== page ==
You have to learn you neighborhood well. You should know what wild foods are edible and where and when they grow. There is only one way to do it. Walking is best because you see much more than you do driving. When you are in a car you don’t even notice all of the little hills that you go over. When you are walking or riding a bike you notice each and every hill. Similarly, when you are whizzing by at 45 mph you can’t really check out the landscape, flora and fauna (15 points using flora & fauna in the same sentence).
When you are walking you’ll begin to notice what the same plant looks like at different times of the year. I usually walk a lot, but with the sun setting so early during these short winter days it’s tough. Still walking is the best way to learn the area. Take your time. Look around. Really open your eyes. When you see something don’t just look at it and take it for what what it is, but ask why or why not. Zen. Keep an eye out for where water may be, places to stash stuff or hide if need be, places to camp or forage, keep an eye out for things you can use now or at some time in the future. When you see those red canes leaning over in the winter remember to come back in the summer for sweet berries. Figure out where the electrical substations, powerlines, water and sewage treatment, refineries, chemical plants, factories, police, hospitals, fire stations, reservoirs all are.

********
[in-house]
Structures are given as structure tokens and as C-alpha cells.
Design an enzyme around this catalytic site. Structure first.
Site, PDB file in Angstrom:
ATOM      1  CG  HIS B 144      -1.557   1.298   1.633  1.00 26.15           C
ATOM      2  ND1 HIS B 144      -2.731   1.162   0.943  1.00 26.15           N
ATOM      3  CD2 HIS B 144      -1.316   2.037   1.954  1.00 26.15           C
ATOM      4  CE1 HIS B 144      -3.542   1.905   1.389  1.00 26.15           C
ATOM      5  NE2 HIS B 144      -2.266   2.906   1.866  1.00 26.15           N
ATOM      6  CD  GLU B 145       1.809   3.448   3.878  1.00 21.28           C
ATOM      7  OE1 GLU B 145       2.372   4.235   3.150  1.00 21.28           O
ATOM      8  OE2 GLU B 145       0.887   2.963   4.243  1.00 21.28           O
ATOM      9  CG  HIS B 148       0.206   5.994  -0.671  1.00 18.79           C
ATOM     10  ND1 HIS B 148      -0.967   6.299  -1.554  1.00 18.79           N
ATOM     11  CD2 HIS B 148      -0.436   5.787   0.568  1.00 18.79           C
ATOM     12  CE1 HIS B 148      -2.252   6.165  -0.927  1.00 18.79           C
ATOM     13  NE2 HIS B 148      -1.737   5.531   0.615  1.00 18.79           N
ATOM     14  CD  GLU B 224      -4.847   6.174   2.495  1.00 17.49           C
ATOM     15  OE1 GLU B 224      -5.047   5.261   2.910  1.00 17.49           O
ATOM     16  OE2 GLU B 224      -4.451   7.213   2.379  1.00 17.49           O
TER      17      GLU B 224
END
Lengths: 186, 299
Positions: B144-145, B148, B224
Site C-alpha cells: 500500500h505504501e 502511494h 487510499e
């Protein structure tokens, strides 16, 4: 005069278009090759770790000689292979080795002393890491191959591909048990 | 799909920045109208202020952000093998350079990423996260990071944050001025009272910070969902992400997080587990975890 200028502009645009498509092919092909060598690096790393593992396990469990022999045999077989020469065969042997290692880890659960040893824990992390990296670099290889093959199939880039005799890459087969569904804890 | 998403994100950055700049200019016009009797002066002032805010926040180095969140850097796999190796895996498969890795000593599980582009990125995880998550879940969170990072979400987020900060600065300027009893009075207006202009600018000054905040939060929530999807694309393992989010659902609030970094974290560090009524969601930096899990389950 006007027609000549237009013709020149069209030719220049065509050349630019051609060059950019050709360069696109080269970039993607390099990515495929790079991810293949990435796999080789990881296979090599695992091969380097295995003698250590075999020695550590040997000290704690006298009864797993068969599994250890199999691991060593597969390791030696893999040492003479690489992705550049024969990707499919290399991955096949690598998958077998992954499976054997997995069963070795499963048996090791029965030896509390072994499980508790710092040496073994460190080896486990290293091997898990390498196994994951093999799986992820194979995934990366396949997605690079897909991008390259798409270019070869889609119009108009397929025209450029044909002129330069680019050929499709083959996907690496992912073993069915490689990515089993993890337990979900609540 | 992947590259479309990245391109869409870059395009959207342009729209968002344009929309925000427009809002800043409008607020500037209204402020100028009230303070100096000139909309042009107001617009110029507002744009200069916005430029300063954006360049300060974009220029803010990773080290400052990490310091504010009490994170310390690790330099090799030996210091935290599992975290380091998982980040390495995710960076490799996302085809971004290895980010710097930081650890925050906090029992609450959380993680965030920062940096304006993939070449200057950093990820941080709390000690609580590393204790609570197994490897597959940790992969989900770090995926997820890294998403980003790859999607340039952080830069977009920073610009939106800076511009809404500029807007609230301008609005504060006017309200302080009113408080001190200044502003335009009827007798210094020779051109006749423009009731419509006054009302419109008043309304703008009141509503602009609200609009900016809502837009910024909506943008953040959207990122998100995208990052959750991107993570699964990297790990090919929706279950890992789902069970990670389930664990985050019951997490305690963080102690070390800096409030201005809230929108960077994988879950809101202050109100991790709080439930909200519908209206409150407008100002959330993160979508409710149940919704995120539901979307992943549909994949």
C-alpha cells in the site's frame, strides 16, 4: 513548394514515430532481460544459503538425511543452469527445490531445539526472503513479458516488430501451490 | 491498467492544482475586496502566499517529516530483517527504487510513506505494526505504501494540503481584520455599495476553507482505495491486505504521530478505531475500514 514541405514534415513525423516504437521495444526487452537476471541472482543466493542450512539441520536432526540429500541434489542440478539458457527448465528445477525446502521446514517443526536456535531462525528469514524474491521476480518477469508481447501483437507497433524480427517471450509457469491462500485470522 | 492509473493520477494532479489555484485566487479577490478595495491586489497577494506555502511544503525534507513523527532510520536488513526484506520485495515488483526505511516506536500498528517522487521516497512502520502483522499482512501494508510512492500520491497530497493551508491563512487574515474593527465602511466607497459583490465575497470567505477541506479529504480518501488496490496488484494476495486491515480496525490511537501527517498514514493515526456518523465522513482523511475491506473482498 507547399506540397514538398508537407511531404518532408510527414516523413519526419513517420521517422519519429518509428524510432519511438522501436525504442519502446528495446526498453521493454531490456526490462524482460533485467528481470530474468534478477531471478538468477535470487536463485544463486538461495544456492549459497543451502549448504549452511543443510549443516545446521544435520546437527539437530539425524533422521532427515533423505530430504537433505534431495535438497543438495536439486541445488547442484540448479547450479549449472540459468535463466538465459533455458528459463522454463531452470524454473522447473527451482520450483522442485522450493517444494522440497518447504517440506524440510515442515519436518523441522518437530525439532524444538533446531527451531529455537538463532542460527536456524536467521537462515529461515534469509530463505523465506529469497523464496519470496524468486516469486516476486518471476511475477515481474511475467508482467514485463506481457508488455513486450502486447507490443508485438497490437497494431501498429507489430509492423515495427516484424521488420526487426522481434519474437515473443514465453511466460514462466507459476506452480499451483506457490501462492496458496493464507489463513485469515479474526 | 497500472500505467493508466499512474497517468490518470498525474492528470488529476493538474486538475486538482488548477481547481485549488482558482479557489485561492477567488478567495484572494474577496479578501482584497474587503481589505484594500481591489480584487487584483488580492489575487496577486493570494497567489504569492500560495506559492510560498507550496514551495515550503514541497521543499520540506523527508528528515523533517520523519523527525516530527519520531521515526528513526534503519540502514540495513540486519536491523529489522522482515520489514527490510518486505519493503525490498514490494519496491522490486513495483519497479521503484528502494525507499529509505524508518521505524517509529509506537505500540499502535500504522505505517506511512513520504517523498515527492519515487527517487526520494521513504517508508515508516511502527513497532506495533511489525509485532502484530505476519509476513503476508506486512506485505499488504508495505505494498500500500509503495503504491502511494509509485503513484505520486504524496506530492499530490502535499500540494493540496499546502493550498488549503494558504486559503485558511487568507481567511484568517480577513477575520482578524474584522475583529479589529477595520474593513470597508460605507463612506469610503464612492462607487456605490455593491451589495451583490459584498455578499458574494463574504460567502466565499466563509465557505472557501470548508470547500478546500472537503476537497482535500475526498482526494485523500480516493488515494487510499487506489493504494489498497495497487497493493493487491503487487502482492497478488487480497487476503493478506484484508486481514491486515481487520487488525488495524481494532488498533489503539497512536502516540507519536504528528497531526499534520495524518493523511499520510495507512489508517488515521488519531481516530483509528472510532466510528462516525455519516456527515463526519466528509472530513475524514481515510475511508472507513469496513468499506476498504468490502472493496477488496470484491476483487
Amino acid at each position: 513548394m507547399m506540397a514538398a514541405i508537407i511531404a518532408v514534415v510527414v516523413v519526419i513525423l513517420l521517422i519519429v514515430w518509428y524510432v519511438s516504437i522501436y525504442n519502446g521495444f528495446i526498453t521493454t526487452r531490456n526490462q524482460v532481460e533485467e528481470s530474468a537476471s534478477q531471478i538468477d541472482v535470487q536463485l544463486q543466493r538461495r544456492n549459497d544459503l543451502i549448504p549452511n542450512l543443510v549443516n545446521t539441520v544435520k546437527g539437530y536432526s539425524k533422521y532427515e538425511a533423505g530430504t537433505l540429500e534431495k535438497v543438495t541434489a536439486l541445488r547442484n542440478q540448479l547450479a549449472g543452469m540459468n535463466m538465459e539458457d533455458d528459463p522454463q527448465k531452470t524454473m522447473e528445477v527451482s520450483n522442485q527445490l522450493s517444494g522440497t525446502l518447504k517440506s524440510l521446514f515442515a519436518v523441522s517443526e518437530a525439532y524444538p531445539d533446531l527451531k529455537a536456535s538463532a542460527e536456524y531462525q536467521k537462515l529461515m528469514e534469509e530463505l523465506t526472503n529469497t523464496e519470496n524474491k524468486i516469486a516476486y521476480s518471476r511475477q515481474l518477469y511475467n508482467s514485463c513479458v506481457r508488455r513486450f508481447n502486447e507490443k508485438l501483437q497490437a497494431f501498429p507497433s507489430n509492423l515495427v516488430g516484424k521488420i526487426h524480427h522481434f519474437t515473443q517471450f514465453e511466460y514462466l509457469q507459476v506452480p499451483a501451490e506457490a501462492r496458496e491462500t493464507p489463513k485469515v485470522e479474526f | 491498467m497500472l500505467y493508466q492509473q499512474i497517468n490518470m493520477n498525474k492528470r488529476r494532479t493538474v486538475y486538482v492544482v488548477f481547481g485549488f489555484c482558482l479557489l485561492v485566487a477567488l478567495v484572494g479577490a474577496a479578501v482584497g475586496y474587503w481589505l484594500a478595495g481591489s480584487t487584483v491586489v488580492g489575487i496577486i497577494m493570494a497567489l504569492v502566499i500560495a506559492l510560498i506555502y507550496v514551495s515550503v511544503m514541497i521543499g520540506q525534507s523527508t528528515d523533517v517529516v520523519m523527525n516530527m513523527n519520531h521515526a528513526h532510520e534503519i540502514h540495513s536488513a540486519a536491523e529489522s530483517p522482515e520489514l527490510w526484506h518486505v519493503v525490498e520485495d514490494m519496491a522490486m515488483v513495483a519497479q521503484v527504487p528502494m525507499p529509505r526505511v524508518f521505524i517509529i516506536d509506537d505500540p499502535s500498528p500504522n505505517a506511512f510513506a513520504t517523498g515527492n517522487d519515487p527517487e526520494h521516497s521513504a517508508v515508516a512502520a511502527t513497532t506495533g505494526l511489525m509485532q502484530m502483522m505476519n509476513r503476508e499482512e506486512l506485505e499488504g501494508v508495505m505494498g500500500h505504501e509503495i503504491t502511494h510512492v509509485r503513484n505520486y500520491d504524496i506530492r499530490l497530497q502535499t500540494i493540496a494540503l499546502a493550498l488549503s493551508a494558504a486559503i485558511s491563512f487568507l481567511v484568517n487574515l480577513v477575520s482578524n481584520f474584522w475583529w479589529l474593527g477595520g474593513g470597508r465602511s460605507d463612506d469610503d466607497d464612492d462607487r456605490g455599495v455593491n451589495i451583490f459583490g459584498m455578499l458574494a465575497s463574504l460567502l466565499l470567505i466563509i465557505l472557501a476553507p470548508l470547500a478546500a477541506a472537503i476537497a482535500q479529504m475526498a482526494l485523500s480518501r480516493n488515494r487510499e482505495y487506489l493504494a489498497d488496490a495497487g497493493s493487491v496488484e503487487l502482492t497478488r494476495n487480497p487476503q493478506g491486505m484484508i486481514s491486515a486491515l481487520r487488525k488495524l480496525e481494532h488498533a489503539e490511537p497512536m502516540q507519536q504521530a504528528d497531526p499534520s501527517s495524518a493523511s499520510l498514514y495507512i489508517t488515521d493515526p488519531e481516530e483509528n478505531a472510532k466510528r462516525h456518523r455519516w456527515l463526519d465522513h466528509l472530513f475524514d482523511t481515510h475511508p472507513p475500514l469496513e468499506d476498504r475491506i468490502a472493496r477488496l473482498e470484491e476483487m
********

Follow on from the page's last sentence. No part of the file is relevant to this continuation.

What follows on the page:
You should own some map books of your state and the surrounding states. I’m not a big fan of the folding state maps. They’re ok, but they don’t show enough detail for me.
I like these Delmore maps by state. They show all the detail you really need, but it doesn’t list the name of every side street and it’s not a real detailed topographic map. Delorme maps do have topo lines, roads, highways, campgrounds, natural and man made attractions, state parks, recreational areas, lakes, rivers, streams, railroads and trails. You should own a map book like these Delorme ones for your state and each of the contiguous (5 points) states. You also need a book for each of the states that your bug out plans call for you to traverse. Like I said these map books are great all purpose maps, but for going afield I like the the old 1:24000 USGS maps. The USGS topo maps are what I use when I go hiking. They show as much detail as you could ever want. They even show seasonal water.
If you don’t know how to read a map that is one skill you don’t want to delay learning. Having a map and knowing how to read it can mean the difference between sweet, sweet life and a cold and shivering or gaunt and starving death. GPS units are great, but have a compass and know how to use it.